Pete the Bay View cobbler retires after 62 years in shoe biz
One of the last, if not the last, independent cobblers in Milwaukee will retire at the end of next month. Peter Gerasopoulos, owner of Cobbler Shoe Service at 827 W. Oklahoma Ave., says he is ready to hang up his aprons and donate his awls. He opened the shop in 1956.
Gerasopoulos says his last day of business will "most likely" be Friday, Nov. 30.
"I don't want to pat myself on the back," says Gerasopoulos."But I feel badly for my customers. There aren't many of us left."
OnMilwaukee wrote this story about the legendary cobbler, who will be missed greatly, a few years ago:
When the Rolling Stones came to Milwaukee in 2005, drummer Charlie Watts needed work done on the heel of his boot. He was told to take it to Peter Gerasopoulos, a legendary local cobbler who runs a shop, simply called Cobbler Shoe Service, at 827 W. Oklahoma Ave.
Gerasopoulos, not knowing that Watts was a famous musician, told him that he could do the challenging heel job but that it would be pricey. Watts told him money wasn't an issue, but that time was.
"He asked me what day I could have it done for him and I said how about 2:15 (that same day)?" says Gerasopoulos.
Later that day, Watts told him who he was. Gerasopoulos admitted he wasn't familiar with the Rolling Stones and that he didn't like rock music in general.
"I told him that my son had a poster of Jerry Garcia in his bedroom and I had to see his face every day walking to the bathroom," says Gerasopoulos. "I said, 'I hate that Jerry Garcia,' and the drummer said, 'He's dead, you know' and I said, 'too bad for him.'"
Shortly after Watts left, Gerasopoulos' neighbor, a barber, ran into the shop and said, "Do you know who that was? You should have kept a boot and sold it on eBay!"
Since opening his first business as a cobbler in 1956, Gerasopoulos has shined or fixed the shoes of every mayor except John Norquist and every police chief except Arthur Jones.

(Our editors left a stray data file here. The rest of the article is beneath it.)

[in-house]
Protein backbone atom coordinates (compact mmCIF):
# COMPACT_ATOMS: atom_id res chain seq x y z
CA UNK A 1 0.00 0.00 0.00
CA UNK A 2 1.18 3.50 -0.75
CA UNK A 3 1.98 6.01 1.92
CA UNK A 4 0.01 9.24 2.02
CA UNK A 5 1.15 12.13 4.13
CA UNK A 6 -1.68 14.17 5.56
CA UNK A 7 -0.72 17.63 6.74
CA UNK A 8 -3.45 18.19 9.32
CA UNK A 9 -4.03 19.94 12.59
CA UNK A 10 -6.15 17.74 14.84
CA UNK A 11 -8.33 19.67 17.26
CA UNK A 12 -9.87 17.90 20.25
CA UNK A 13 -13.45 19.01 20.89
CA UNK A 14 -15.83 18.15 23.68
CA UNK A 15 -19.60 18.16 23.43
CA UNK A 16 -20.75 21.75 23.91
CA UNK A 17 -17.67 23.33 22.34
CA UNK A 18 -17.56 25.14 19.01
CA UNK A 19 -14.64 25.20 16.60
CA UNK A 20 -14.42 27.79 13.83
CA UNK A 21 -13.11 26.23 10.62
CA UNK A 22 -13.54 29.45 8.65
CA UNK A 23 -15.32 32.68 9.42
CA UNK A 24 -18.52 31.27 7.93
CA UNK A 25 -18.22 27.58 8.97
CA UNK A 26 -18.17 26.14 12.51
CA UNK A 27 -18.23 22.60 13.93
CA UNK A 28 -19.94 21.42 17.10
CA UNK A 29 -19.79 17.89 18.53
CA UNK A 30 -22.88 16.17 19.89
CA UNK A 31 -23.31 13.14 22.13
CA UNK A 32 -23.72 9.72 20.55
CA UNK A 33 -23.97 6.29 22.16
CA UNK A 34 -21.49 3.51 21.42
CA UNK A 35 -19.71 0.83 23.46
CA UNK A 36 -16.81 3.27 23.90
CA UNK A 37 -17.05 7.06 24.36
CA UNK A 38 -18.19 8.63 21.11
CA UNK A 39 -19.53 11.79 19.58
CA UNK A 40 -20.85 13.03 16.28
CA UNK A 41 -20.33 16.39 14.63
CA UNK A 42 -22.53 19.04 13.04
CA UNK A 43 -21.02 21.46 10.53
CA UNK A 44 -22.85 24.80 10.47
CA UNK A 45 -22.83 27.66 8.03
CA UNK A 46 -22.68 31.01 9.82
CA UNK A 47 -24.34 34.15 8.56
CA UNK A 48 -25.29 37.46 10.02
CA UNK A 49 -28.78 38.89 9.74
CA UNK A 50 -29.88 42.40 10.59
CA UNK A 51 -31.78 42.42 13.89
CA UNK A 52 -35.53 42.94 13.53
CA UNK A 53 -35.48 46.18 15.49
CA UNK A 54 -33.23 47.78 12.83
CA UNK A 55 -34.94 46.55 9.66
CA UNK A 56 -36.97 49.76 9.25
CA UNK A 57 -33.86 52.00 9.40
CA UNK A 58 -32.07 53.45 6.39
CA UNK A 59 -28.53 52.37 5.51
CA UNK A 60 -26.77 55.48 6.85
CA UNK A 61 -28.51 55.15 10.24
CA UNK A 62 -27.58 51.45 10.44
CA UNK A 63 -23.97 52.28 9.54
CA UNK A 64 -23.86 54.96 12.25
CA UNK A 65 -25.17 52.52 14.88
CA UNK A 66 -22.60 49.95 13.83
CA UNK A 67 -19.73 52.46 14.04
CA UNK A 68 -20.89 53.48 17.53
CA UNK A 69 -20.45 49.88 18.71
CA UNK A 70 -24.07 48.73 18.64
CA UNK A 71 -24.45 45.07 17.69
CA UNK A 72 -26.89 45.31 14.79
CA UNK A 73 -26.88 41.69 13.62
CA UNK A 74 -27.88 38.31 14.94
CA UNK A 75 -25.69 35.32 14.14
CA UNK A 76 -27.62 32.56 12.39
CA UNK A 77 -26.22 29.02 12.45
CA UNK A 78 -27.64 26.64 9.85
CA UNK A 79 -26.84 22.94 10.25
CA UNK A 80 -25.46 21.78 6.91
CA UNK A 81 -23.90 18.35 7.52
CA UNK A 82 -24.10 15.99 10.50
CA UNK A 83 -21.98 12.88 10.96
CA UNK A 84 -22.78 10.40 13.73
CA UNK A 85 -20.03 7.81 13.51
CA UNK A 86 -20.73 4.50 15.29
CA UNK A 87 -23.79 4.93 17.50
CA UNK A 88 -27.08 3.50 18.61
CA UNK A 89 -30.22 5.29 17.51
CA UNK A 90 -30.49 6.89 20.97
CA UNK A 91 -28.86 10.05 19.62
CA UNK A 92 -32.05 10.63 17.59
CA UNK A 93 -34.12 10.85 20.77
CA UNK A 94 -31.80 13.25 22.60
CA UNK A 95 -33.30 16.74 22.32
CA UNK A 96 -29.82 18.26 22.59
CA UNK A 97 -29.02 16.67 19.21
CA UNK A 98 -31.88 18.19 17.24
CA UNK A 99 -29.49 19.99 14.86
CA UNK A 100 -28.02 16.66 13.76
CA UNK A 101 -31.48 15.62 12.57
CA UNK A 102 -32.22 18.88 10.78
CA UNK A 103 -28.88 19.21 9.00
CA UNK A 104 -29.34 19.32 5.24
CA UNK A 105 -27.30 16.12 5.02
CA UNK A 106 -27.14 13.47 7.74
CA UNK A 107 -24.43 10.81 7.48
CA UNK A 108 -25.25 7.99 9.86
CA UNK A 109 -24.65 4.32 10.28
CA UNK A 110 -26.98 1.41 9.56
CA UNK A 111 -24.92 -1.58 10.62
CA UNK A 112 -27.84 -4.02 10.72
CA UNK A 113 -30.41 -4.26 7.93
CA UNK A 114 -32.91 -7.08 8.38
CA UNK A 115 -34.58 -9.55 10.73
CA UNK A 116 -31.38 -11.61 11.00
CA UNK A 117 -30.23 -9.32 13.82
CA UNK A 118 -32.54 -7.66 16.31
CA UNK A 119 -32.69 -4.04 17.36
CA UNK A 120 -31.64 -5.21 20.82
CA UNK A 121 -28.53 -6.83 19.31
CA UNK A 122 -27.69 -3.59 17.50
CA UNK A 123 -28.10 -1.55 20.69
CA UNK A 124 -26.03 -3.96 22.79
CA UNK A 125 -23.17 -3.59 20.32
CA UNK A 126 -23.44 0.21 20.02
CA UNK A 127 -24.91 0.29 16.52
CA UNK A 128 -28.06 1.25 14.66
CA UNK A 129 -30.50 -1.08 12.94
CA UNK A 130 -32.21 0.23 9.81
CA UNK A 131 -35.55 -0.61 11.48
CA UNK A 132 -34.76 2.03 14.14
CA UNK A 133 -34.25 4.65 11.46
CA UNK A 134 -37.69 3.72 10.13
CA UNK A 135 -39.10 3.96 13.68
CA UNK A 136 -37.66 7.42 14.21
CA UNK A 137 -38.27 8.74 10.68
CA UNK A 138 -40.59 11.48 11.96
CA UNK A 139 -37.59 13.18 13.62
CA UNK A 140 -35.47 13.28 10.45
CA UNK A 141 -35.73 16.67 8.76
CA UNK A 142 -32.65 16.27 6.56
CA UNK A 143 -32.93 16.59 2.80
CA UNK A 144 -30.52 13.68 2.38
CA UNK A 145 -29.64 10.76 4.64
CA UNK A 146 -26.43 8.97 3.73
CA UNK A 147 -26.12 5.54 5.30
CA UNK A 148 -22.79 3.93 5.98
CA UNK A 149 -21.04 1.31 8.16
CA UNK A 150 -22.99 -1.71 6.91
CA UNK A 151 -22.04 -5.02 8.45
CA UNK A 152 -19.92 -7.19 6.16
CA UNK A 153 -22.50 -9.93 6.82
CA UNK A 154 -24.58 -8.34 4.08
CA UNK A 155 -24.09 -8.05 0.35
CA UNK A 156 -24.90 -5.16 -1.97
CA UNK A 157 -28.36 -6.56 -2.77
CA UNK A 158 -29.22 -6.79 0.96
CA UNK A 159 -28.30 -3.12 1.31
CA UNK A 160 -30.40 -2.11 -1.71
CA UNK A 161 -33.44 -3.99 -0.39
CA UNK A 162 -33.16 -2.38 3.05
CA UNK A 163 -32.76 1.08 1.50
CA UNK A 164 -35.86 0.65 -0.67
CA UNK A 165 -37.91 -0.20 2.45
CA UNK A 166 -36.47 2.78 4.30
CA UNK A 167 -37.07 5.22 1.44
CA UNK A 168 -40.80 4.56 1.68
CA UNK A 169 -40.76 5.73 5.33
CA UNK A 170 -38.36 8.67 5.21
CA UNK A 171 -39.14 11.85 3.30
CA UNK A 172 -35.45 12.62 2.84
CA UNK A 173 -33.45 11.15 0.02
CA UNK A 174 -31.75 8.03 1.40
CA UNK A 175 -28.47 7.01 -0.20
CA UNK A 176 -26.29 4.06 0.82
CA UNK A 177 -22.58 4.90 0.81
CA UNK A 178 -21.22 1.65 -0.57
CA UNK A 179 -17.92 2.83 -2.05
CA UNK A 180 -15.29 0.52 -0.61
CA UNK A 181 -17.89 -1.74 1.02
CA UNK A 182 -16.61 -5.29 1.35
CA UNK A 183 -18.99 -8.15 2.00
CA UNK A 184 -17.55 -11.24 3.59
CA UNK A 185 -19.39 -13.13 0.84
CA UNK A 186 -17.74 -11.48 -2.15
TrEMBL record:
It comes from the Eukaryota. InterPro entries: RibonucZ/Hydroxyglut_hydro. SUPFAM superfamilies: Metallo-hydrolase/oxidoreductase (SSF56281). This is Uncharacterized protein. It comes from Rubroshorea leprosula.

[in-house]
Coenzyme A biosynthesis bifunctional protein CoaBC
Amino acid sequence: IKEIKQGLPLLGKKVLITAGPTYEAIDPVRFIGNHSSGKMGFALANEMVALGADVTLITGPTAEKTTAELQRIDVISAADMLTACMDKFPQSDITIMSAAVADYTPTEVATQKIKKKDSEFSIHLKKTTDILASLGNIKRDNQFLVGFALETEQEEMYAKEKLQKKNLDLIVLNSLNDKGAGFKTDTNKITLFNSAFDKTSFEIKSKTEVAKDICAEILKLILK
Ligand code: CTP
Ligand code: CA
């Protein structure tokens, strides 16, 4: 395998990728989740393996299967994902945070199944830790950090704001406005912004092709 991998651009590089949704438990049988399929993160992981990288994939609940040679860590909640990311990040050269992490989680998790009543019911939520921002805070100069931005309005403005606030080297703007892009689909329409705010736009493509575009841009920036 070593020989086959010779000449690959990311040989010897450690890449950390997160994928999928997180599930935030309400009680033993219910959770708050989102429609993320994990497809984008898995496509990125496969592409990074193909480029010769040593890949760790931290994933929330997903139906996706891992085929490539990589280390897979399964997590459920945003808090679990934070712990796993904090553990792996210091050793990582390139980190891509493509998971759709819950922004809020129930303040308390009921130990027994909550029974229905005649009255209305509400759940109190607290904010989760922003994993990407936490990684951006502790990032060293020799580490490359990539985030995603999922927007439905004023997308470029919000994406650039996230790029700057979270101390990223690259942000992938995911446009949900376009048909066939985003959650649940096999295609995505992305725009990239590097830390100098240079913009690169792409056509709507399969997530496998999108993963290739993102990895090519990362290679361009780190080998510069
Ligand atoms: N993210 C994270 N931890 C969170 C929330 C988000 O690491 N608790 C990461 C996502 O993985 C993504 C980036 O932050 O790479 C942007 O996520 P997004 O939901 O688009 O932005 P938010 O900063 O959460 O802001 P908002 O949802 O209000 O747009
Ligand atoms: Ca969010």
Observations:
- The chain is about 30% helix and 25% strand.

"Many police officers are our customers," he says and, at times, this has worked in his favor.
Years ago, Gerasopoulos was driving home from Easter brunch and a police officer pulled him over for speeding.
"As soon as I opened my mouth, the officer remembered who I was and said, 'Dammit, why did I have to stop you?' He had a leather jacket in my shop at the time," says Gerasopoulos. "So he gave me a warning."
Gerasopoulos provided two shines a week for Archbishop Timothy Dolan during his time in Milwaukee from 2002 to '09 and he services all the shoes in the "Mamma Mia" show whenever it comes to town.
Gerasopoulos can make, shine or fix shoes, coats and bags – basically any leather product. He specializes in – and built his reputation on – his ability to do quality, challenging custom work.
Gerasopoulos has never advertised his business. "We give prizes for church picnics, but that's all," he says.
Gerasopoulos — who discloses his age as "under 100" – was born in a village near Kozani, Greece. His father, also a cobbler, taught him the trade. After a two-year apprenticeship, Gerasopoulos wanted to earn money, but he knew it would take a lot of time for that to happen if he stayed in Greece.
"If I wanted a pair of pants, I would tell my mother, who would tell my father who would then wait two months before buying me the pants," says Gerasopoulos. "I wanted to make money quickly."
Gerasopoulos asked his uncle to contact his brother, a cobbler living in Milwaukee, to sponsor him so he could move to the United States. Within a week, plans were in motion and before long, Gerasopoulos was on a boat with 800 Italians and Greeks en route to America.
The trip took 18 days and during that time Gerasopoulos spent all of his money – $75 that his father gave him. "Foolish me, I was 19. I played cards on the boat and spent the money," he says.
When he got off the boat, a woman working at Ellis Island asked him in Greek how much money he had and where he was going.
"I told her I had a dime and a nickel and I was going to Milwaukee. She asked me how I was going to make it to Wisconsin with so little money and I told her I wasn't going to Wisconsin, I was going to Milwaukee," says Gerasopoulos.
The woman, who most likely worked for the Greek Welfare Society, told him to find his suitcase and sit on it until she could drive him to the airport and buy him a plane ticket.